Today I'd like to welcome guest author, Dana D'Angelo to History Undressed! She's got a special medieval Christmas treat for us :)
Christmas in Medieval Times by Dana D’Angelo
The term “Christes Maesse” was first introduced in a Saxon book in 1038 AD.
One source I found claimed that Christmas gradually became popular by a succession of rulers such as Charlemagne (800 AD), Edmund the Martyr (855 AD), and William I of
England (1066 AD) who chose
Christmas Day to become crowned.
Another source suggested that the Church didn’t have a fixed date for Christmas Day until the 4th century. And they chose December 25th in an attempt to superimpose on a pagan holiday that fell on the same date.
But whatever the case may be, there is no denying that the Druid or pagan traditions integrated with the Christian ones to form new ideas about celebrating and feasting during the holidays.
Over a twelve day span, the merging of these two customs allowed people to indulge in food and “misrule” (drunkenness, promiscuity and gambling), which was a large part of the pagan celebrations. At the same time, these same people were able to commemorate the birth of Christ and their own salvation.
By the time the High Middle Ages rolled around, Christmas became so wide spread that that writers of the time noted how influential people celebrated the holiday. In 1377 AD, for instance, King Richard II of
a Christmas banquet that served twenty-eight oxen and three hundred sheep!
In terms of gift giving, this act was usually done between people with a legal relationship such as a tenant and landlord. While it was customary for noblemen to give tenants and workers time off to celebrate the “holy days”, it wasn’t customary for them to give gifts. However if a landlord decided to show his generosity, he may have offered coins to servants and apprentices, or treated the poor to a supper in the great hall.
However whether the people were poor or wealthy, they appreciated the holiday fare. Throughout the year, they were constantly hungry and the holidays were the only times that they could indulge in food.
Some popular foods and drinks the people enjoyed were:
- Wassail – A powerful, hot drink that was made from a mixture of ale, honey and spices. The host served the drink from a large bowl. With friends present, he would cheerfully call out “waes hael” or “be well.” The friends, meanwhile, would reply with “drink hael” or “drink and be well.”
- Baked Mince Pie – Minced pie was baked in an oblong shape to symbolize the crib that Jesus slept in. It consisted of shredded meat, fruit, and three spices (cinnamon, cloves and nutmeg) to represent the three gifts offered to Christ from the Magi. The people held a belief that a wish made on the first bite of the pie caused the wish to come true. However if a person refused that important first bite during Christmas, bad luck would follow him in the new year.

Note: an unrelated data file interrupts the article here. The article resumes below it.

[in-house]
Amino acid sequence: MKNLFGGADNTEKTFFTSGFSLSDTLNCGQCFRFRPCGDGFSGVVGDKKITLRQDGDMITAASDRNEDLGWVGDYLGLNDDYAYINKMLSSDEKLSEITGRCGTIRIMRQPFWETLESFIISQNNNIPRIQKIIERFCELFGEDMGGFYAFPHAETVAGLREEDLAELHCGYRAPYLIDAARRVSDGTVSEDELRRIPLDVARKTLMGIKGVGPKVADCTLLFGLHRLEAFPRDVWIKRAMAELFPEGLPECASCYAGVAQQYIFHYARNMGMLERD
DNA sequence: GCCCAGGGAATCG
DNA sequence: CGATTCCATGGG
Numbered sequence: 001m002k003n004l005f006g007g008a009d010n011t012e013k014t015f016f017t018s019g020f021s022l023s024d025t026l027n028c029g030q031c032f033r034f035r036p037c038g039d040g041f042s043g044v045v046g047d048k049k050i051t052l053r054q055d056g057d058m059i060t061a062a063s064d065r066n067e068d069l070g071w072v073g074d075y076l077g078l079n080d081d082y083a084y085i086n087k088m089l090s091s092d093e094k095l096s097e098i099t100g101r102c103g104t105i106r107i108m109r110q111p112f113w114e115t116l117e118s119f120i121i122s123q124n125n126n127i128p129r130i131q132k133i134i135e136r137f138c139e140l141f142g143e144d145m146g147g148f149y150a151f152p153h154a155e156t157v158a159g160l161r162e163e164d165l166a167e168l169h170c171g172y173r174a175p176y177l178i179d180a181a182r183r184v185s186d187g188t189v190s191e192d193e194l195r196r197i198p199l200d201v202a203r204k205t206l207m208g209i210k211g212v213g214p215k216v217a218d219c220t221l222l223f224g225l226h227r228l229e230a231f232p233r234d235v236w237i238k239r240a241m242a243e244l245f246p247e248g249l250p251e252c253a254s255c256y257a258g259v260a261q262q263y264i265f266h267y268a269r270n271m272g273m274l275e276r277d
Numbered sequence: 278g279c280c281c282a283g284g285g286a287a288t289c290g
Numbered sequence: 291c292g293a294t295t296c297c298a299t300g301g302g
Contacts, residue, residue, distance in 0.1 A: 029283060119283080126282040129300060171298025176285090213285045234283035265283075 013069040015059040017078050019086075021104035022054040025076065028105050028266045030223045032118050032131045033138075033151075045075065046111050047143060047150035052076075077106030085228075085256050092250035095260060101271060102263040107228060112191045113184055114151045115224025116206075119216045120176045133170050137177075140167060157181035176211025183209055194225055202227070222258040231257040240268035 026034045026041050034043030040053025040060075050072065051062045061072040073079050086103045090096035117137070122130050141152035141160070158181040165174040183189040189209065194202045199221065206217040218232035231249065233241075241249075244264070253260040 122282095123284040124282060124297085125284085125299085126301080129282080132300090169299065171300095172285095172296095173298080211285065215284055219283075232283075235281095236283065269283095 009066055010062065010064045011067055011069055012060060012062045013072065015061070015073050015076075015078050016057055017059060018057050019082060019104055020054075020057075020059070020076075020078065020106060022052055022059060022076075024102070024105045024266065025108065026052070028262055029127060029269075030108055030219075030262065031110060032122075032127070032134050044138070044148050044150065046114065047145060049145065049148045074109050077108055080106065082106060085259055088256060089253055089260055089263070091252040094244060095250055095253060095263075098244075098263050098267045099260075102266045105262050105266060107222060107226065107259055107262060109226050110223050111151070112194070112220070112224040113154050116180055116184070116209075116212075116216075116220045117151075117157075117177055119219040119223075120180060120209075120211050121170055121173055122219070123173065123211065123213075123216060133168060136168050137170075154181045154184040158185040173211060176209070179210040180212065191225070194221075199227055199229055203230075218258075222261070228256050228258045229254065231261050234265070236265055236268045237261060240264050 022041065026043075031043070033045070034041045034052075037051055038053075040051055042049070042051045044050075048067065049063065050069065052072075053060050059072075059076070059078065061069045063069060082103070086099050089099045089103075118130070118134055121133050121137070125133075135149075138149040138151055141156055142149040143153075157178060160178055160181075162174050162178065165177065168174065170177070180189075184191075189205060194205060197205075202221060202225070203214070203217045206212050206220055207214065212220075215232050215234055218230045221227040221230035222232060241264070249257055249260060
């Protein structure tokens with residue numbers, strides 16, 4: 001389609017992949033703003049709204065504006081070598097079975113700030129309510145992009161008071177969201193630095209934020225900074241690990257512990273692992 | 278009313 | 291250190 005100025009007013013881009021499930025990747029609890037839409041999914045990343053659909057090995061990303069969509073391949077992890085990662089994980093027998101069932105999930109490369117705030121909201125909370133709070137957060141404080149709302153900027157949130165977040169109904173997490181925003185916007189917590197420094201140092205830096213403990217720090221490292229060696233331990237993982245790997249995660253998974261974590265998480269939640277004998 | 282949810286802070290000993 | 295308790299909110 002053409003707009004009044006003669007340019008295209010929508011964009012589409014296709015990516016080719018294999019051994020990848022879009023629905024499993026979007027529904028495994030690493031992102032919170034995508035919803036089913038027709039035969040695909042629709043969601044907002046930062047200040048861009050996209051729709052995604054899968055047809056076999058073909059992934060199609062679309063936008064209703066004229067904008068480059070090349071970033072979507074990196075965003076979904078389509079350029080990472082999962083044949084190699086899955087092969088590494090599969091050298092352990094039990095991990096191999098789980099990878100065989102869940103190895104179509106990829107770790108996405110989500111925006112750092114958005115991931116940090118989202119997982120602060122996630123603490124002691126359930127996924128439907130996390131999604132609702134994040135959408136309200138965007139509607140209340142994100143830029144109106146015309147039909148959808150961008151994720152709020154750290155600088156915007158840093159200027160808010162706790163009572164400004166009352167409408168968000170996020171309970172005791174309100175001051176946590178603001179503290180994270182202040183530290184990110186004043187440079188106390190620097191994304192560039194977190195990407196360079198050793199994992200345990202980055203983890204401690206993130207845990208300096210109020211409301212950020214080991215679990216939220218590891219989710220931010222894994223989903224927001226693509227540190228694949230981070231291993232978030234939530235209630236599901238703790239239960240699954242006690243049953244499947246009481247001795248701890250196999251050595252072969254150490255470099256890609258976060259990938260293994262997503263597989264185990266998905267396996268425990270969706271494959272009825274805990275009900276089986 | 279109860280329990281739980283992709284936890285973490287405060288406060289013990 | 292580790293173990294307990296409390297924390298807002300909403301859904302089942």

- Pudding or Frumenty - Essentially a spicy porridge made from boiled wheat, currants, dried fruit, yolks and spices such as cinnamon or nutmeg. The mixture was cooled and then allowed to set before it was served.
- Golden Roasts - In noble homes, the cooks strived for artistry in their culinary creations. For example, to make a roasted peacock look visually appealing, they would add butter and saffron to paint the meat in a golden hue. When the peacock was finished cooking, they often redressed the gilded bird in its old skin and feathers.
- Boar’s Head - A boar’s head, with an apple or an orange in its mouth, was placed at the trestle table during an extravagant banquet. This rosemary and bay scented center piece was considered a noble dish and eagerly enjoyed by dinner guests.
All in all, the history of Christmas during the Middle Ages was an interesting one. While it seemed that new traditions emerged, they were in fact heavily grounded by the old ones.
The Promise - A Medieval Christmas Novella
Sir Gavin the Bold appears one winter evening demanding payment for saving the life of Baron Clifton de Leraye. The knight claims that he is entitled to marry one of the lord’s three daughters.
Except the claim is called into question.
With the family’s honor at stake, and her sisters’ futures on the line, Lady Estella de Leraye does all she can to protect what little integrity the family has left, even if that means agreeing to marry the dark stranger.
As she struggles to come to terms with her plight, she finds it equally difficult to fight her growing attraction to the handsome knight. But will his charm and allure prepare her for the secret she will soon discover?
Note: This medieval Christmas romance novella is approximately 29,000 words or about 80 print pages. Although the story has romantic elements, it does not contain explicit love scenes.